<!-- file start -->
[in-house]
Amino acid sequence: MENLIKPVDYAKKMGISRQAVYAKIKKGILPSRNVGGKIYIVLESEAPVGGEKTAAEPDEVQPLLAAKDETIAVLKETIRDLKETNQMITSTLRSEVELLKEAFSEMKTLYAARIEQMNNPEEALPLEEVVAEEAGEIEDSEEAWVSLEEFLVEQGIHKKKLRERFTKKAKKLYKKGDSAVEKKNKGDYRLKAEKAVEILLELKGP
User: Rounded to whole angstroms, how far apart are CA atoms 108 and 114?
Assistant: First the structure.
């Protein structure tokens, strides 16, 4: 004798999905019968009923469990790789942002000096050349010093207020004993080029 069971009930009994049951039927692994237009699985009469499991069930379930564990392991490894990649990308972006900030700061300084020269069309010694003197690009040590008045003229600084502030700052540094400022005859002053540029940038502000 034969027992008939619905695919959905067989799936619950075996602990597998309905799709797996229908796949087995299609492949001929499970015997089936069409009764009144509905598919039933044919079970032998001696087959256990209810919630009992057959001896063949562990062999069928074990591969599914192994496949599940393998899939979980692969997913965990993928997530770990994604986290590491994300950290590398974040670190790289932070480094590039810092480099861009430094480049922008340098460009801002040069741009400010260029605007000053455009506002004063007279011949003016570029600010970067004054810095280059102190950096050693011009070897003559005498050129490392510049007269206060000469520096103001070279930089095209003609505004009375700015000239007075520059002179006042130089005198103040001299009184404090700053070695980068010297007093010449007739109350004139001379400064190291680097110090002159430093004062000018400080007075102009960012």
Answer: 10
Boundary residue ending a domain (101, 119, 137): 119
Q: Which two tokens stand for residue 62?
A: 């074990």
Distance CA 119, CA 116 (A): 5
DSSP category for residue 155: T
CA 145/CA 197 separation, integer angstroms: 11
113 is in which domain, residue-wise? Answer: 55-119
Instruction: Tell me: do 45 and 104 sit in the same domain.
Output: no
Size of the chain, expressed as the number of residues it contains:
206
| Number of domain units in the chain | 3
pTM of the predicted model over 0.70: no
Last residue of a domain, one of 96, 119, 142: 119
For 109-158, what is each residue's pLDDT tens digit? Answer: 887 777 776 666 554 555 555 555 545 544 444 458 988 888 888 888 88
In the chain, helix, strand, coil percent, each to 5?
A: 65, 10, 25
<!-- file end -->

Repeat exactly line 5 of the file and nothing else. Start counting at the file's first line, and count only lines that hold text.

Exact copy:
């Protein structure tokens, strides 16, 4: 004798999905019968009923469990790789942002000096050349010093207020004993080029 069971009930009994049951039927692994237009699985009469499991069930379930564990392991490894990649990308972006900030700061300084020269069309010694003197690009040590008045003229600084502030700052540094400022005859002053540029940038502000 034969027992008939619905695919959905067989799936619950075996602990597998309905799709797996229908796949087995299609492949001929499970015997089936069409009764009144509905598919039933044919079970032998001696087959256990209810919630009992057959001896063949562990062999069928074990591969599914192994496949599940393998899939979980692969997913965990993928997530770990994604986290590491994300950290590398974040670190790289932070480094590039810092480099861009430094480049922008340098460009801002040069741009400010260029605007000053455009506002004063007279011949003016570029600010970067004054810095280059102190950096050693011009070897003559005498050129490392510049007269206060000469520096103001070279930089095209003609505004009375700015000239007075520059002179006042130089005198103040001299009184404090700053070695980068010297007093010449007739109350004139001379400064190291680097110090002159430093004062000018400080007075102009960012």